YEREVAN -- Armenia's Constitutional Court has ruled that the arrest of former President Robert Kocharian was "unconstitutional."
Kocharian faces charges of overthrowing the constitutional order during the final weeks of his decade-long rule that ended in April 2008.
Kocharian's lawyer Aram Vardevanian told reporters on September 4 that the court's decision means his client "cannot be under arrest."
It was not immediately clear if Kocharian would be released and charges against him dropped.
Kocharian was released from custody after a court terminated a criminal case against him and other senior officials but he was rearrested after an appellate court overturned those decisions in late June.
In March 2008, after a disputed presidential election the previous month, outgoing President Kocharian declared emergency rule following clashes that left at least eight people, including a police officer, dead in the worst civil violence in that country's post-Soviet history.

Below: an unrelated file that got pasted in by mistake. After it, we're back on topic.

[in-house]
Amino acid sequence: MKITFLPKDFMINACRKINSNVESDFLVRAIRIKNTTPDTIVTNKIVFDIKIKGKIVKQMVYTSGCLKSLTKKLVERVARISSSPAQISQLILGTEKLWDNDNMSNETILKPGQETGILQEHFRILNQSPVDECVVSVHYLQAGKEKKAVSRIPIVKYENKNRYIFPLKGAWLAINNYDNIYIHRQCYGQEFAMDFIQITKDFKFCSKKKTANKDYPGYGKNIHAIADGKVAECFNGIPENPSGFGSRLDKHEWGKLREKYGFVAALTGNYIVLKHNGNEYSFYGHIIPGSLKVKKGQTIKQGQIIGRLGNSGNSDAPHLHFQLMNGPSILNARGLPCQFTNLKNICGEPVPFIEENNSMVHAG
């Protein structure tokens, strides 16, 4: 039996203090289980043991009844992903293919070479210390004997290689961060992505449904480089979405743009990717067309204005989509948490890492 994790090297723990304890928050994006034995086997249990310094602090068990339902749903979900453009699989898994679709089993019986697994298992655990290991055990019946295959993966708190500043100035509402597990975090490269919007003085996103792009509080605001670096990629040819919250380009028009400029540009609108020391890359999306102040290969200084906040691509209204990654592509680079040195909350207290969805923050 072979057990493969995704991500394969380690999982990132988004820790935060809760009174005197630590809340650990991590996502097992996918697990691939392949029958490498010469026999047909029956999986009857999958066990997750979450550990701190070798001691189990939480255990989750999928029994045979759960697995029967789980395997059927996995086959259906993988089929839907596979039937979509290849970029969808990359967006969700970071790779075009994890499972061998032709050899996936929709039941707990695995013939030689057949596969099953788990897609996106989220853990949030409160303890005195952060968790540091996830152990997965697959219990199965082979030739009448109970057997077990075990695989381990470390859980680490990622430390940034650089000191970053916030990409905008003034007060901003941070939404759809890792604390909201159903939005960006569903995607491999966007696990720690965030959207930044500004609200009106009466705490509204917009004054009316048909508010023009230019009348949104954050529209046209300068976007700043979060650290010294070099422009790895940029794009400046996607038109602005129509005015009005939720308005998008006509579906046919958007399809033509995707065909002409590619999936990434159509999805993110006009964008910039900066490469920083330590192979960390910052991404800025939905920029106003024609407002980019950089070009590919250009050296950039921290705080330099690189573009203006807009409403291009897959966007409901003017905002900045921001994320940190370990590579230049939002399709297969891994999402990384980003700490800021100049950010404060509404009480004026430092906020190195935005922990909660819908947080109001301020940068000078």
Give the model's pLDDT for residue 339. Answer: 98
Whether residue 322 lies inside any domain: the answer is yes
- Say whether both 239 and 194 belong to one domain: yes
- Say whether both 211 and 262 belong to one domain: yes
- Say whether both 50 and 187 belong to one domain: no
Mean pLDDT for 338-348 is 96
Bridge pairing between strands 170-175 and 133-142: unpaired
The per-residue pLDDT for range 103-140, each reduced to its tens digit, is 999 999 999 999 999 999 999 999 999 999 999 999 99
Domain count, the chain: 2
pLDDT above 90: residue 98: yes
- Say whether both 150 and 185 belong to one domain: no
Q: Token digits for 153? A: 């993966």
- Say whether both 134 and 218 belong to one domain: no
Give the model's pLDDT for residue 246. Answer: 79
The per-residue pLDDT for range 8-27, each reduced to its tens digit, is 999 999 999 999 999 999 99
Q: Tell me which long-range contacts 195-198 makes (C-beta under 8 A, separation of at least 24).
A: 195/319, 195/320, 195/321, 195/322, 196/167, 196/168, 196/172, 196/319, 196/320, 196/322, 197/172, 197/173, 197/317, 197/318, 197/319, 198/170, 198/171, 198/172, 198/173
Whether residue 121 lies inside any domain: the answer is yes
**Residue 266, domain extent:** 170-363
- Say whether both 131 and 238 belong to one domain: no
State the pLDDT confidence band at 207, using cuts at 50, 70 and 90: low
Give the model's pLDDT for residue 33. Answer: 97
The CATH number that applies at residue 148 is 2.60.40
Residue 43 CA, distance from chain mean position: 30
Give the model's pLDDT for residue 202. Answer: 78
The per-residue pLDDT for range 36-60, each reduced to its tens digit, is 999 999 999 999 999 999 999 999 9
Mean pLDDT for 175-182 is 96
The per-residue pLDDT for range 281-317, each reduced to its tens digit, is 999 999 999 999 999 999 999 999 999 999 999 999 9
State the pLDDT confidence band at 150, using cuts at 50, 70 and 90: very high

Armenia’s Supreme Judicial Council -- a body tasked with ensuring that Armenia's courts exercise judicial power separately from the legislative and executive branches of government -- filed seemingly unrelated forgery charges in July against the judge who had presided over the start of Kocharian's trial before suspending the proceedings and ordering his release.
That same judge, Davit Grigorian, had also referred Kocharian's case to the Constitutional Court.
Supporters of Kocharian and other critics of Prime Minister Nikol Pashinian's government have accused law enforcement agencies in Armenia of applying pressure on the judiciary and undermining its independence.
Armenia's Constitutional Court Rules Ex-President Kocharian's Arrest 'Unconstitutional'